Navy Crew Arrives to Assess Pirate Situation
By Jim Garamone
American Forces Press Service
WASHINGTON, April 9, 2009 Pirates still hold the captain of the Maersk Alabama on the waters off Somalia, but the Navy destroyer USS Bainbridge has arrived on the scene, a Defense Department spokesman said today.
“There’s intense interest in this, and I appreciate that, but I must ask that you appreciate the fact that this is an on-going and unfolding situation,” Pentagon spokesman Bryan Whitman said to reporters at the Pentagon today. “For those reasons, I will not talk in any detail of what the military aspect of this may or may not be.”
Somali pirates assaulted the American ship yesterday. They briefly took the vessel, but the 21-member crew took it back and captured one of the pirates in the process. News reports say the remaining pirates kidnapped the American captain of the ship. The American crew reportedly attempted a trade with the pirates, and the effort failed.
U.S. Navy assets have arrived in the vicinity and are assessing the situation, Whitman said. “This is something that more than the United States Defense Department is interested in working on,” he said. Stopping piracy off the coast of Somalia and in the Gulf of Aden requires interagency and international responses, he said.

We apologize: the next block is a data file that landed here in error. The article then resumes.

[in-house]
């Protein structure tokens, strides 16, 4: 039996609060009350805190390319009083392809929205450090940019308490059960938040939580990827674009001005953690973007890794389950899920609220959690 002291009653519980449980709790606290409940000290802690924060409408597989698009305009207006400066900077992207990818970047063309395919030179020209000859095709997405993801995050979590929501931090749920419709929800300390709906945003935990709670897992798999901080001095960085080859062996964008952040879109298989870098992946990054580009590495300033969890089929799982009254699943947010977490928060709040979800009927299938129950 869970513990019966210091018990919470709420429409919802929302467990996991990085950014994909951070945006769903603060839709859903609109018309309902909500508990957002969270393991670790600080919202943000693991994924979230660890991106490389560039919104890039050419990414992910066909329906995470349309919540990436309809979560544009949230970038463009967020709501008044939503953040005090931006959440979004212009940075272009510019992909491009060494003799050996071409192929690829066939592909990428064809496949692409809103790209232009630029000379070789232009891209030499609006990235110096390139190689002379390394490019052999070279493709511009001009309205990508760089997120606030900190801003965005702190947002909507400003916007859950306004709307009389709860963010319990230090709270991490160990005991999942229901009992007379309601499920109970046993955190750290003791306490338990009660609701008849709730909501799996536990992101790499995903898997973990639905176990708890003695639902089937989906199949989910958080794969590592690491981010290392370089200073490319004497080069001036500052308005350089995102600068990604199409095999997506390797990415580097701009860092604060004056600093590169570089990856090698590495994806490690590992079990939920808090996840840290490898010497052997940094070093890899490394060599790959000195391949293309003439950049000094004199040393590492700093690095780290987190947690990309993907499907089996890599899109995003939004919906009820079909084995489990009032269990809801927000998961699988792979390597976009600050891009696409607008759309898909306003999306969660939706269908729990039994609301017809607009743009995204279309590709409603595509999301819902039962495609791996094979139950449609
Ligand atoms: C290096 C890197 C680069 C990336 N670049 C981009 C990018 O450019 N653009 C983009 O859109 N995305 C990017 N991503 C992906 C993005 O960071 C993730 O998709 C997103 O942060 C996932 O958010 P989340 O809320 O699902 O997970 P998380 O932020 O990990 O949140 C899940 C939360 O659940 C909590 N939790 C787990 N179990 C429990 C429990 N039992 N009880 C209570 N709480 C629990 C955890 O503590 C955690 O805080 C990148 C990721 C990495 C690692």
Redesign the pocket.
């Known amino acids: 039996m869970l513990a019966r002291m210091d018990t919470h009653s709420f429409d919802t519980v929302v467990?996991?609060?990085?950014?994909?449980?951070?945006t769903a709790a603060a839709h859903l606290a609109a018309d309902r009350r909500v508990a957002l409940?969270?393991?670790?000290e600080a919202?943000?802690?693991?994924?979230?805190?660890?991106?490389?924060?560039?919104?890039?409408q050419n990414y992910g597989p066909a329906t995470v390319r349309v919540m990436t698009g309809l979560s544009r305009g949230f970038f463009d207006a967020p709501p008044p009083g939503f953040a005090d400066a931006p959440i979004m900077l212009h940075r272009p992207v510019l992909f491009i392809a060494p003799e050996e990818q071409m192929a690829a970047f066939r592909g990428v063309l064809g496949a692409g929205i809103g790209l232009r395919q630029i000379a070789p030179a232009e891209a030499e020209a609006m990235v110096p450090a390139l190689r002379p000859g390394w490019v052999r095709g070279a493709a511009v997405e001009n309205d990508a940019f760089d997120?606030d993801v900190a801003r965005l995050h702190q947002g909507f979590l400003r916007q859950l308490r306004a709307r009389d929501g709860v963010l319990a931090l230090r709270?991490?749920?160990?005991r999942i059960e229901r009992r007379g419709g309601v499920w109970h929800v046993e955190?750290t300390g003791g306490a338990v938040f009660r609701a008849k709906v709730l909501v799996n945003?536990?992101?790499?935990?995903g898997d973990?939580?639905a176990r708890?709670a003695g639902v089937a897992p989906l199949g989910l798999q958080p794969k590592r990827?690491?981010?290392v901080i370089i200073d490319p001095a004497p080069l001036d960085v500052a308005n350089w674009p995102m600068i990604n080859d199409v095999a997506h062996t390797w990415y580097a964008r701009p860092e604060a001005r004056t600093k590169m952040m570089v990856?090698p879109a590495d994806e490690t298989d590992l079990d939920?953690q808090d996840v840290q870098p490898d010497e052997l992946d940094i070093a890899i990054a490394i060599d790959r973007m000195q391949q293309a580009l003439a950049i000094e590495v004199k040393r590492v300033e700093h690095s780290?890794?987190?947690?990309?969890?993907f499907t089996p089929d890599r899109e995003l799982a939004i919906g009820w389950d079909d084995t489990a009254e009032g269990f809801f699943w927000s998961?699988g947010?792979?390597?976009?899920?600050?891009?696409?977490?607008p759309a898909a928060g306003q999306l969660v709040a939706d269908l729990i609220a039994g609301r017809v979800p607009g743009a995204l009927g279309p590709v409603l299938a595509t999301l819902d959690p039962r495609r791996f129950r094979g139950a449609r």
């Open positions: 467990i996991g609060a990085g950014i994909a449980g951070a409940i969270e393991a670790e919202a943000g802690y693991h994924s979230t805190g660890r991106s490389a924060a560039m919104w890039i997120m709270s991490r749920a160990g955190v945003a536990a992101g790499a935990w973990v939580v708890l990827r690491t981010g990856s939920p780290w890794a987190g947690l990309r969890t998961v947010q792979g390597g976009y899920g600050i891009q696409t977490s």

Pirate attacks in the region have spiked over the last few weeks. Part of this is because the pirates are responding to pressure placed on them by Task Force 151, a U.S. 5th Fleet unit combating piracy in the region, officials said. Also, officials added, improved weather in the region has allowed pirates to operate farther off shore. The Maersk Alabama was 300 miles off the coast when the pirates boarded.
Task Force 151 operates in a 1.1-million-square-mile region. “That is part of the challenge,” Whitman said. “It is a large area and you can’t be everywhere at once.”
Previously, Whitman cited economic problems as the driving factor for Somali pirates. They live in a failed state, he explained, and piracy is a way to feed their families. While Somalia does have an al-Qaida presence, the ship hijackings do not appear to be part of the terror network, Whitman said.
Defense Department officials are in almost constant contact with officials aboard Maersk Alabama, Whitman said.